• Most Touch files are binary – what does that mean Matt? Well, it means that unlike a .py or .json, or .py file, your toe or tox file is actually made up of hex strings that are difficult to parse outside of the context of Touch. That makes them very difficult to diff – that is, to tell what’s different between committed versions.
  • Toe Files are whole projects – a toe file holds a whole project, which is great, but makes collaborating very difficult. Part of the beauty of git is that multiple people can work together at the same time without overwriting one another’s changes. That doesn’t make a whole lot of sense if you can’t see what’s different inside of a toe file, and if the whole project is stuck inside of a single file.
  • Using git means learning shell commands or a tool to use git – If you’re going to use git, you’ll have to learn some shell commands, or learn another tool that interfaces with git (github has a great desktop tool). That’s not terrible, but it’s not the same as using something like dropbox box or google drive.

Our Solution

Okay… so how do we make this work then?

Well, first things first, you start by thinking about toxes for your modules / component work-spaces, and your start externalizing your scripts. That’s a big change in workflow for lots of folks, and if you’re not ready for that change that’s okay. if you’re working on big projects, however, and working with other people now is the time to level up. Let’s look at a simple project build so we can see how this might work in practice.

First we need to set up our git project. I’m going to use github – it’s free to use the public version, and it’s got one of the best desktop utilities. Git has a great tutorial for their app so I’m not going to cover that here, instead we’ll look at how the shell commands work.

For starters, you’ll want to install git, I’m also going to use git bash instead of just windows command line (it’s a little easier to read, though you can use either), so if you want to follow along you’ll want to make sure that you hit that checkbox when you install.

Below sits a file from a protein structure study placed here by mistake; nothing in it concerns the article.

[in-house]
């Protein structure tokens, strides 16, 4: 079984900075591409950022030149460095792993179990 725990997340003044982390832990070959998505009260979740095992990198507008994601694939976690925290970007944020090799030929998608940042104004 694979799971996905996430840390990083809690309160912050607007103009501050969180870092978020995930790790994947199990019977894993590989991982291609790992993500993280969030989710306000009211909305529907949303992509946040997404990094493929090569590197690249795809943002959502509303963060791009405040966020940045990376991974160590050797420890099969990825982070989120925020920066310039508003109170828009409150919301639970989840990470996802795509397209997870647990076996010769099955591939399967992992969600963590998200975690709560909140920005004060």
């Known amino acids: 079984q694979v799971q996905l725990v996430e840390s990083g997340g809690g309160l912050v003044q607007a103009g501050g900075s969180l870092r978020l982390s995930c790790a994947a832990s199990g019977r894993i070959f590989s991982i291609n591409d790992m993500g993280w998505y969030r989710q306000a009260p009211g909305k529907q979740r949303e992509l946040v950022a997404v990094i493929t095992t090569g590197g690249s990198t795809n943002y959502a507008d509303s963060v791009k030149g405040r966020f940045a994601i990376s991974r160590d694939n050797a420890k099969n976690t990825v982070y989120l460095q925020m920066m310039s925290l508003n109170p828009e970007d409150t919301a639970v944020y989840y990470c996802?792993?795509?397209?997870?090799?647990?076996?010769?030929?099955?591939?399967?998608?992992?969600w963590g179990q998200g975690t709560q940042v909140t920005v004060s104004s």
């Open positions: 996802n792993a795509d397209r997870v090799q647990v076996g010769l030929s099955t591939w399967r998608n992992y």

There are lots of ways to start a new repo, but I’m going to start mine from my github account. Once I create an account, I’ll need to use the plus button in the top right corner of the page to create a new repo, then choose my settings for it:


Once I’ve created my repo online, I need to clone this to my computer. Cloning my repository means that I’m going to create a local copy where I can make and track changes, and commit to my online repo. To do this, I need to first navigate to where I want my project to live. I’ve created a dummy directory called example on my D:\ drive:


Here in this directory, I’m going to right click and choose “git bash here” to open up a git bash terminal at this directory location.


In our git bash terminal we’ll enter our first clone commands. We’ll first need to copy the URL from the clone drop down menu on the web-page:


Let’s copy that ULR to our clipboard. Next we’ll use the git clone command in our git terminal window to start our cloning process. Here’s our command:

git clone

Here’s what it looks like in our terminal window:


Alright! Now we have our git project cloned into our windows directory:


From here on in we need to make sure that our git terminal is inside of our newly added directory. We can repeat the same step we used earlier – navigate into the directory, right click, and open a git bash here; or we can navigate there in our terminal window. Let’s do this right from our existing terminal window. We’ll need to change our directory to touch_git_example, the name of the newly cloned repo. We can do this with the command:

cd touch_git_example/


Now we’re ready to start working! Let’s start by creating a new folder called toxes. All of our toxes are going to go into this directory:


Next let’s open Touch and save a project file in the root of our directory. I’m going to call mine touch_git_example.toe:


Inside of Touch I’m going to start by getting rid of my project component in the root, and I’m going to create a new base that’s called base_project:


Next I’m going to set up a few more things. Inside of base_project I’m going to create a few elements:

  • container_display – this will be the display elements for my project
  • base_com – this will hold the communication elements for my project